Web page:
• Bonnie Kerness, MSW | 12-03

    My early observations of oppression in this country began when I was 12 watching television and seeing children of African descent my age in the South being hosed by police and bitten by dogs for trying to go to school. I spent ten years in the civil rights movement in Tennessee, then moved north and began working with the American Friends Service Committee, the social action arm of the Religious Society of Friends, the Quakers, who have a 300-year history of commitment in human rights issues with prisoners. I serve as a human rights advocate on behalf of men, women and children in prison throughout the US, coordinating the Prison Watch Project for the AFSC in Newark. Many of the men, women and children that I take testimony from call their imprisonment “the war at home”. From arrest, to sentencing, to the conditions of confinement in prison, racial profiling is practiced and the economic and political use of prisons is the law of the land.
  • Yves Smit | 11-16

    We wrote yesterday that this deal, the Trans Pacific Partnership, already looked to be in trouble given both Congressional and foreign opposition. The Administration has conducted the talks with an unheard-of degree of secrecy, with Congressional staffers in most cases denied access to the text and even Congressmen themselves facing unheard-of obstacles (Alan Grayson reported that the US Trade Representative created an absurd six weeks of dubious delays in his case).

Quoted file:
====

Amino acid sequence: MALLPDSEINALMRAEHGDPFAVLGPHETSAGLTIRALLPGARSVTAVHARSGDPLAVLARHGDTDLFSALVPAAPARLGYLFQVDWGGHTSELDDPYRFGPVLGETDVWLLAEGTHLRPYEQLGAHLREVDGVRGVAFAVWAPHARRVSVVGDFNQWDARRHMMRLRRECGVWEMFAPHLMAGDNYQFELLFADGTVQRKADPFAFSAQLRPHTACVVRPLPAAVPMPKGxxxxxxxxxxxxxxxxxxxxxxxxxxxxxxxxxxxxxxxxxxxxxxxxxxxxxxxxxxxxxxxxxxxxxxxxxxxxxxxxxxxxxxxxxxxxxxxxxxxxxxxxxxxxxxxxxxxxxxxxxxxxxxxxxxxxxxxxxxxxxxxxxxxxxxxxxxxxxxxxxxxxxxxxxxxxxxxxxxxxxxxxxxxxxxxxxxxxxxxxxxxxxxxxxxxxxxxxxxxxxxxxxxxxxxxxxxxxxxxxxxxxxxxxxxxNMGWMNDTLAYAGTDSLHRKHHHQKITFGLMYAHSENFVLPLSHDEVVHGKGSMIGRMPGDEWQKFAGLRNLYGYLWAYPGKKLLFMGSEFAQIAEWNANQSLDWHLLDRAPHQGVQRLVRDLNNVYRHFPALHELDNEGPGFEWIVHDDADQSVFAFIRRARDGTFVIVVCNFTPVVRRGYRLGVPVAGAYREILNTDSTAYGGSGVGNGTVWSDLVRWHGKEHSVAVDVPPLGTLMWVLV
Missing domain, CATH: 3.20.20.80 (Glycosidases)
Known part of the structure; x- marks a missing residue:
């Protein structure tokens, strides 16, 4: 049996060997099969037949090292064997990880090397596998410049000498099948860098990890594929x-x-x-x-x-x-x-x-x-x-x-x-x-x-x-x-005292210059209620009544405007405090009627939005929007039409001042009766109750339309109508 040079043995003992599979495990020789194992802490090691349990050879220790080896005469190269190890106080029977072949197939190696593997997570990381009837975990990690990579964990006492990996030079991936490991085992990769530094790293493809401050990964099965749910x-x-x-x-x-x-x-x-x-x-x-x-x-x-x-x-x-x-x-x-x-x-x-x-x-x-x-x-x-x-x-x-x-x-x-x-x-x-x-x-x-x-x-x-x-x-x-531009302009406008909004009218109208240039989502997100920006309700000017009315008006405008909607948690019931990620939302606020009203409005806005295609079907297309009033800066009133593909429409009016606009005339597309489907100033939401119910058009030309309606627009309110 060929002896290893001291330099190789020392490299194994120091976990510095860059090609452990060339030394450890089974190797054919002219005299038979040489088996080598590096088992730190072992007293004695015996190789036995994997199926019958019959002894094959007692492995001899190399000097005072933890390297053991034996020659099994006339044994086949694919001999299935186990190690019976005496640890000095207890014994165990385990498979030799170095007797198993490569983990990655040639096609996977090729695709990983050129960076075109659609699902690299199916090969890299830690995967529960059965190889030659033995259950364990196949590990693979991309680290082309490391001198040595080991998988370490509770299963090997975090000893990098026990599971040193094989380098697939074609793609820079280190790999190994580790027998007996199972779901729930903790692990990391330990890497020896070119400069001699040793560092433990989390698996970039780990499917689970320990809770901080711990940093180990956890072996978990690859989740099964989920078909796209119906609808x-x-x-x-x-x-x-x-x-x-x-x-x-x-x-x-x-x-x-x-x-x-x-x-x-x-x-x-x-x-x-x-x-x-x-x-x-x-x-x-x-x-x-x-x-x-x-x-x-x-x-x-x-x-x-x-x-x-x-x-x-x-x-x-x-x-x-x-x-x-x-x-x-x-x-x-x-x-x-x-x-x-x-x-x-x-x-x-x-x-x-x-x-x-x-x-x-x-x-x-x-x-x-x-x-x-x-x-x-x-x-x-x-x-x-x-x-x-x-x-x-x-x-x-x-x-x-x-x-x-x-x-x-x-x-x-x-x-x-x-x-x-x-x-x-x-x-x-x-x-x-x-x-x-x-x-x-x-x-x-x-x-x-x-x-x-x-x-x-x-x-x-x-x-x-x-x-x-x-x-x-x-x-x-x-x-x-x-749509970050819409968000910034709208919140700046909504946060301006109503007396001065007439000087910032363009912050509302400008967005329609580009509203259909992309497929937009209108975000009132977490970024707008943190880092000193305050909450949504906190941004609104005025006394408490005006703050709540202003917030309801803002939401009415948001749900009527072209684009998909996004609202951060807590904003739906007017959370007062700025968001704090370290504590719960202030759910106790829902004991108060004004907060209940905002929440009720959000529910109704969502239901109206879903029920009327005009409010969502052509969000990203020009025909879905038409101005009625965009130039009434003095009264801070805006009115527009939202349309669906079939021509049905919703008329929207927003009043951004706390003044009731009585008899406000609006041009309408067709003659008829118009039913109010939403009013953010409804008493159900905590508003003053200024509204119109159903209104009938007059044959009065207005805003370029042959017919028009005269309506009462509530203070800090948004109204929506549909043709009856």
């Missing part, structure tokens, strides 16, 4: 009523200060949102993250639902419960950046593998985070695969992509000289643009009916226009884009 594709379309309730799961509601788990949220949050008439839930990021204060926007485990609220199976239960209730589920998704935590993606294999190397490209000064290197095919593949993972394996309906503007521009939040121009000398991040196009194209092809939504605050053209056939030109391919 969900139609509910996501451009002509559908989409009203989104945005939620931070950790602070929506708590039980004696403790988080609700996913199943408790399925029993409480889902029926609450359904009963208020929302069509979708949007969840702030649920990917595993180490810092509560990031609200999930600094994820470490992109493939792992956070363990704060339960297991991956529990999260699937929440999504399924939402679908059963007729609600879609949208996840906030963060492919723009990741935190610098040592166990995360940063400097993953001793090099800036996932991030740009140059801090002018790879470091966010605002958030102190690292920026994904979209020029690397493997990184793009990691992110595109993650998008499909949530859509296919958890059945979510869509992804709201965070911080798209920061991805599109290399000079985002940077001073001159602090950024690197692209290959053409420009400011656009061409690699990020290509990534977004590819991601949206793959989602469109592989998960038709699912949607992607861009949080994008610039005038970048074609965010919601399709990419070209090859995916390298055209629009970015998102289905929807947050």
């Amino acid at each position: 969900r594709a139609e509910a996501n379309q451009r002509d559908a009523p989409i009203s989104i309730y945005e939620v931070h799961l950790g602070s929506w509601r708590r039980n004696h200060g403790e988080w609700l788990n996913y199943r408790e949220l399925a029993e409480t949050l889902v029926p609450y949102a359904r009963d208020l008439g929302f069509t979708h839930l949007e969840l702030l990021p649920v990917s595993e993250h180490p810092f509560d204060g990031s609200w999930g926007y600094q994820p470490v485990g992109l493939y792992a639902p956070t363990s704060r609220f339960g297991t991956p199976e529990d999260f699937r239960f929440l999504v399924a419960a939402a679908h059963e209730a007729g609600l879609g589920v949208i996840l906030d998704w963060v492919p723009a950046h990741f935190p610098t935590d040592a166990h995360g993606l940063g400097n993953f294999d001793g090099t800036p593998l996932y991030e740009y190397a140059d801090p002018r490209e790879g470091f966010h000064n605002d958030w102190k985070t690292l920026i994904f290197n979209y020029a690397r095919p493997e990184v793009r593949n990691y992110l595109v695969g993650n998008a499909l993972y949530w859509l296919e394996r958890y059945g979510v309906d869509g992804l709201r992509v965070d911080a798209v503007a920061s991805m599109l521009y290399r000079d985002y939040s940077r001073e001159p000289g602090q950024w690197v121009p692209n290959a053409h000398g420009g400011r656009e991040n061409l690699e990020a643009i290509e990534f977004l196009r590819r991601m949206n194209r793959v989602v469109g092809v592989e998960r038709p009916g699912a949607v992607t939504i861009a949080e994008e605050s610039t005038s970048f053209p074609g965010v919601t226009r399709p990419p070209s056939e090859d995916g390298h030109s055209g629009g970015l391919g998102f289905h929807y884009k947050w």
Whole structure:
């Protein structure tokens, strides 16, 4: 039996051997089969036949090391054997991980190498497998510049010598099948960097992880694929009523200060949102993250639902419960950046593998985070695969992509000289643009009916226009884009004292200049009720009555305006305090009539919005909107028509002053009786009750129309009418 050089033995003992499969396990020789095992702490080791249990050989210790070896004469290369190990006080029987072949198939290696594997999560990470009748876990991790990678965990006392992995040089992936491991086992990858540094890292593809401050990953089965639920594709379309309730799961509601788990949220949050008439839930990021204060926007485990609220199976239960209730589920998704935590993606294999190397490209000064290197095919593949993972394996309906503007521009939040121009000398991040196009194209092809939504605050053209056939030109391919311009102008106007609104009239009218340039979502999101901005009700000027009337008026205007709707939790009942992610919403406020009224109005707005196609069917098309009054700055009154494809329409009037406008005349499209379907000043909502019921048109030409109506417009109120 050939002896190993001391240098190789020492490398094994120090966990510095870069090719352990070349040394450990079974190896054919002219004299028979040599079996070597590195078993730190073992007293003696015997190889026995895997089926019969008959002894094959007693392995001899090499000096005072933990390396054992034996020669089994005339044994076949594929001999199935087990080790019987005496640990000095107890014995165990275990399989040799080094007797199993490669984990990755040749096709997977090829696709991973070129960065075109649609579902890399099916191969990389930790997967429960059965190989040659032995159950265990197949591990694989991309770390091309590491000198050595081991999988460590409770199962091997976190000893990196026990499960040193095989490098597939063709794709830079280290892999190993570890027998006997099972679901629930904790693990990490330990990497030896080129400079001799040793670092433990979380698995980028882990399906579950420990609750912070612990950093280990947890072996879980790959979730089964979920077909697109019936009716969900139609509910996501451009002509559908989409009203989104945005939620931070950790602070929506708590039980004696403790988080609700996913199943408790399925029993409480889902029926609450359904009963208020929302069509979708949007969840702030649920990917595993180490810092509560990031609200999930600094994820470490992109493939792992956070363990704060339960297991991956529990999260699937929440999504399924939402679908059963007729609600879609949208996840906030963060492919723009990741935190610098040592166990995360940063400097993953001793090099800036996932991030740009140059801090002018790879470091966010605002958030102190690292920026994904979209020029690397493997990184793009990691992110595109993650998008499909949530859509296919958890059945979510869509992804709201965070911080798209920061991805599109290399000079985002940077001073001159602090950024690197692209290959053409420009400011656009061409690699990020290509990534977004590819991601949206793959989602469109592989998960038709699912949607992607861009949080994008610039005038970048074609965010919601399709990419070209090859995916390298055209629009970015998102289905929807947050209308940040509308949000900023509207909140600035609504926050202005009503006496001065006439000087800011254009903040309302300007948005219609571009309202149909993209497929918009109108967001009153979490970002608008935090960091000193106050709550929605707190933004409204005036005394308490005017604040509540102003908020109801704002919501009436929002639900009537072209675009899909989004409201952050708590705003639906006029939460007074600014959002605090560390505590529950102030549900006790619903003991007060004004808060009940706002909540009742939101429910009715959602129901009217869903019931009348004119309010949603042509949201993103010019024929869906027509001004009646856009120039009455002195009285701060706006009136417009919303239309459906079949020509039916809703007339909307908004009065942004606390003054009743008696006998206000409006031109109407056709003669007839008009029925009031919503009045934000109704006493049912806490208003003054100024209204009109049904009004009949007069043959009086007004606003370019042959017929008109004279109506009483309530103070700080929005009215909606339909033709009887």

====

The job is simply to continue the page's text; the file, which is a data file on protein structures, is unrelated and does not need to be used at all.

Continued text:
• José M. López Sierra | 10-10

    Francis Torres wrote this outstanding article about Oscar Lopez Rivera. It contains the latest developments in the intensification of the pressure to free Oscar from 32 years of imprisonment for wanting to decolonize Puerto Rico. I am so proud of this young writer who wrote so eloquently about Oscar's comparison to Nelson Mandela. (1)
  • "Free Terrell Scott" | 09-21

    A friend of ours, Terrell Scott, has been sitting in prison without a trial for four years. He has been put on suicide watch, and does not receive adequate treatment for pre-existing mental illness. At this stage, he desperately needs some public support and advocacy.
  • advocacy | 09-03